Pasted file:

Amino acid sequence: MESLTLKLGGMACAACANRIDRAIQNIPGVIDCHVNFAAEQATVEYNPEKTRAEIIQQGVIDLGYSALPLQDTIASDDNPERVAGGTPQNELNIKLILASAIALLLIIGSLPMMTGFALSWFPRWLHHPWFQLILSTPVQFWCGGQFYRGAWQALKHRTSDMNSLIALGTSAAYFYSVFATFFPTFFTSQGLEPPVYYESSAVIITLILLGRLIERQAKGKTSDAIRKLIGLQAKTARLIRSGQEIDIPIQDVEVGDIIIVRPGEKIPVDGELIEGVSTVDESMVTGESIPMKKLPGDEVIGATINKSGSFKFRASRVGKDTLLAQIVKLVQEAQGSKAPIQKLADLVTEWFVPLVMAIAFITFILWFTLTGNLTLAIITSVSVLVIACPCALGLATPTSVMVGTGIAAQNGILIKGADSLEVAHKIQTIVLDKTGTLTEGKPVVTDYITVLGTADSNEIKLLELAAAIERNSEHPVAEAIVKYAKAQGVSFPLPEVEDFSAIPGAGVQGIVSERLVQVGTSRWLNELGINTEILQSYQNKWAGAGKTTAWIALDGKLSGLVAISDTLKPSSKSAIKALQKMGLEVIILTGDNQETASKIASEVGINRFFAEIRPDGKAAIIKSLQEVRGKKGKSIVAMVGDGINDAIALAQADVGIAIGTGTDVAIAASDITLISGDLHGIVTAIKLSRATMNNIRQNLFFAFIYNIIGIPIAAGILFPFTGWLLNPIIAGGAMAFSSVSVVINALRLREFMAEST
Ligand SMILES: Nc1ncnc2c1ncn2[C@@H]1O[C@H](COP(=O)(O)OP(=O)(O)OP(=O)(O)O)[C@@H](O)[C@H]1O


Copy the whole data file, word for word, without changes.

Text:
Amino acid sequence: MESLTLKLGGMACAACANRIDRAIQNIPGVIDCHVNFAAEQATVEYNPEKTRAEIIQQGVIDLGYSALPLQDTIASDDNPERVAGGTPQNELNIKLILASAIALLLIIGSLPMMTGFALSWFPRWLHHPWFQLILSTPVQFWCGGQFYRGAWQALKHRTSDMNSLIALGTSAAYFYSVFATFFPTFFTSQGLEPPVYYESSAVIITLILLGRLIERQAKGKTSDAIRKLIGLQAKTARLIRSGQEIDIPIQDVEVGDIIIVRPGEKIPVDGELIEGVSTVDESMVTGESIPMKKLPGDEVIGATINKSGSFKFRASRVGKDTLLAQIVKLVQEAQGSKAPIQKLADLVTEWFVPLVMAIAFITFILWFTLTGNLTLAIITSVSVLVIACPCALGLATPTSVMVGTGIAAQNGILIKGADSLEVAHKIQTIVLDKTGTLTEGKPVVTDYITVLGTADSNEIKLLELAAAIERNSEHPVAEAIVKYAKAQGVSFPLPEVEDFSAIPGAGVQGIVSERLVQVGTSRWLNELGINTEILQSYQNKWAGAGKTTAWIALDGKLSGLVAISDTLKPSSKSAIKALQKMGLEVIILTGDNQETASKIASEVGINRFFAEIRPDGKAAIIKSLQEVRGKKGKSIVAMVGDGINDAIALAQADVGIAIGTGTDVAIAASDITLISGDLHGIVTAIKLSRATMNNIRQNLFFAFIYNIIGIPIAAGILFPFTGWLLNPIIAGGAMAFSSVSVVINALRLREFMAEST
Ligand SMILES: Nc1ncnc2c1ncn2[C@@H]1O[C@H](COP(=O)(O)OP(=O)(O)OP(=O)(O)O)[C@@H](O)[C@H]1O